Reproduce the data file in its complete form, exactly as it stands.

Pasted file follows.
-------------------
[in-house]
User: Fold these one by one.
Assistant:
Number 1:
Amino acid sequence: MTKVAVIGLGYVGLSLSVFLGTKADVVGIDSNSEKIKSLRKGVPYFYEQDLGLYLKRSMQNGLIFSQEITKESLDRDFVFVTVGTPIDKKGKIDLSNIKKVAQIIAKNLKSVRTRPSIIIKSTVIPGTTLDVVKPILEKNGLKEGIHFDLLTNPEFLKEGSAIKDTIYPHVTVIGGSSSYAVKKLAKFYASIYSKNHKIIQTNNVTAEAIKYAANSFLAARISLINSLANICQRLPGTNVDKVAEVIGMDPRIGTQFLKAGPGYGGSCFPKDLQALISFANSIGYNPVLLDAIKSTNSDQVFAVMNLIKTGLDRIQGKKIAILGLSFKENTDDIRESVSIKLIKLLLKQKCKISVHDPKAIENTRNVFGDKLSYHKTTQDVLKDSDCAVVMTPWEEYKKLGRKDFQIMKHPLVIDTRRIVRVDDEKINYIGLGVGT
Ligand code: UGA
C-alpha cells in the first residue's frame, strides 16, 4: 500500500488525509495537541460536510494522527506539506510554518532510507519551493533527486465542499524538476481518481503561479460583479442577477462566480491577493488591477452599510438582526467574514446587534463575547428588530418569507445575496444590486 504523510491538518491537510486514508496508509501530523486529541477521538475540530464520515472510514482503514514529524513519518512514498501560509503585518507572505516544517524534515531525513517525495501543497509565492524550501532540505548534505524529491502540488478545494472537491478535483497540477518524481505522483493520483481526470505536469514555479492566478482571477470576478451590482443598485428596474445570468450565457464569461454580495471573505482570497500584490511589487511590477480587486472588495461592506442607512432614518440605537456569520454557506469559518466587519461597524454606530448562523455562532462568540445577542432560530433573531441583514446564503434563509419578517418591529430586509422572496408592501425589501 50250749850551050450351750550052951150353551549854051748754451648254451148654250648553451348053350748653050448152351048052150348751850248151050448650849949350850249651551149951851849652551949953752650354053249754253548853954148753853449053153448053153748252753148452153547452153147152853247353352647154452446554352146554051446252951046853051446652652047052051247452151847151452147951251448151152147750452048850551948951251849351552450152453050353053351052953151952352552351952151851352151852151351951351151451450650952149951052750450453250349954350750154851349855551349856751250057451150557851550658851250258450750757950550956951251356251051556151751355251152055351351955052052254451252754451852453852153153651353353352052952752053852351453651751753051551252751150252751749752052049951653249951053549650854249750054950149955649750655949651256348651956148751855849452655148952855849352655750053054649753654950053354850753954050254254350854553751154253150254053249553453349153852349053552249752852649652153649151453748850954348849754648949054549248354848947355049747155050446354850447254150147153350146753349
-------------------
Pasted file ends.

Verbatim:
[in-house]
User: Fold these one by one.
Assistant:
Number 1:
Amino acid sequence: MTKVAVIGLGYVGLSLSVFLGTKADVVGIDSNSEKIKSLRKGVPYFYEQDLGLYLKRSMQNGLIFSQEITKESLDRDFVFVTVGTPIDKKGKIDLSNIKKVAQIIAKNLKSVRTRPSIIIKSTVIPGTTLDVVKPILEKNGLKEGIHFDLLTNPEFLKEGSAIKDTIYPHVTVIGGSSSYAVKKLAKFYASIYSKNHKIIQTNNVTAEAIKYAANSFLAARISLINSLANICQRLPGTNVDKVAEVIGMDPRIGTQFLKAGPGYGGSCFPKDLQALISFANSIGYNPVLLDAIKSTNSDQVFAVMNLIKTGLDRIQGKKIAILGLSFKENTDDIRESVSIKLIKLLLKQKCKISVHDPKAIENTRNVFGDKLSYHKTTQDVLKDSDCAVVMTPWEEYKKLGRKDFQIMKHPLVIDTRRIVRVDDEKINYIGLGVGT
Ligand code: UGA
C-alpha cells in the first residue's frame, strides 16, 4: 500500500488525509495537541460536510494522527506539506510554518532510507519551493533527486465542499524538476481518481503561479460583479442577477462566480491577493488591477452599510438582526467574514446587534463575547428588530418569507445575496444590486 504523510491538518491537510486514508496508509501530523486529541477521538475540530464520515472510514482503514514529524513519518512514498501560509503585518507572505516544517524534515531525513517525495501543497509565492524550501532540505548534505524529491502540488478545494472537491478535483497540477518524481505522483493520483481526470505536469514555479492566478482571477470576478451590482443598485428596474445570468450565457464569461454580495471573505482570497500584490511589487511590477480587486472588495461592506442607512432614518440605537456569520454557506469559518466587519461597524454606530448562523455562532462568540445577542432560530433573531441583514446564503434563509419578517418591529430586509422572496408592501425589501 50250749850551050450351750550052951150353551549854051748754451648254451148654250648553451348053350748653050448152351048052150348751850248151050448650849949350850249651551149951851849652551949953752650354053249754253548853954148753853449053153448053153748252753148452153547452153147152853247353352647154452446554352146554051446252951046853051446652652047052051247452151847151452147951251448151152147750452048850551948951251849351552450152453050353053351052953151952352552351952151851352151852151351951351151451450650952149951052750450453250349954350750154851349855551349856751250057451150557851550658851250258450750757950550956951251356251051556151751355251152055351351955052052254451252754451852453852153153651353353352052952752053852351453651751753051551252751150252751749752052049951653249951053549650854249750054950149955649750655949651256348651956148751855849452655148952855849352655750053054649753654950053354850753954050254254350854553751154253150254053249553453349153852349053552249752852649652153649151453748850954348849754648949054549248354848947355049747155050446354850447254150147153350146753349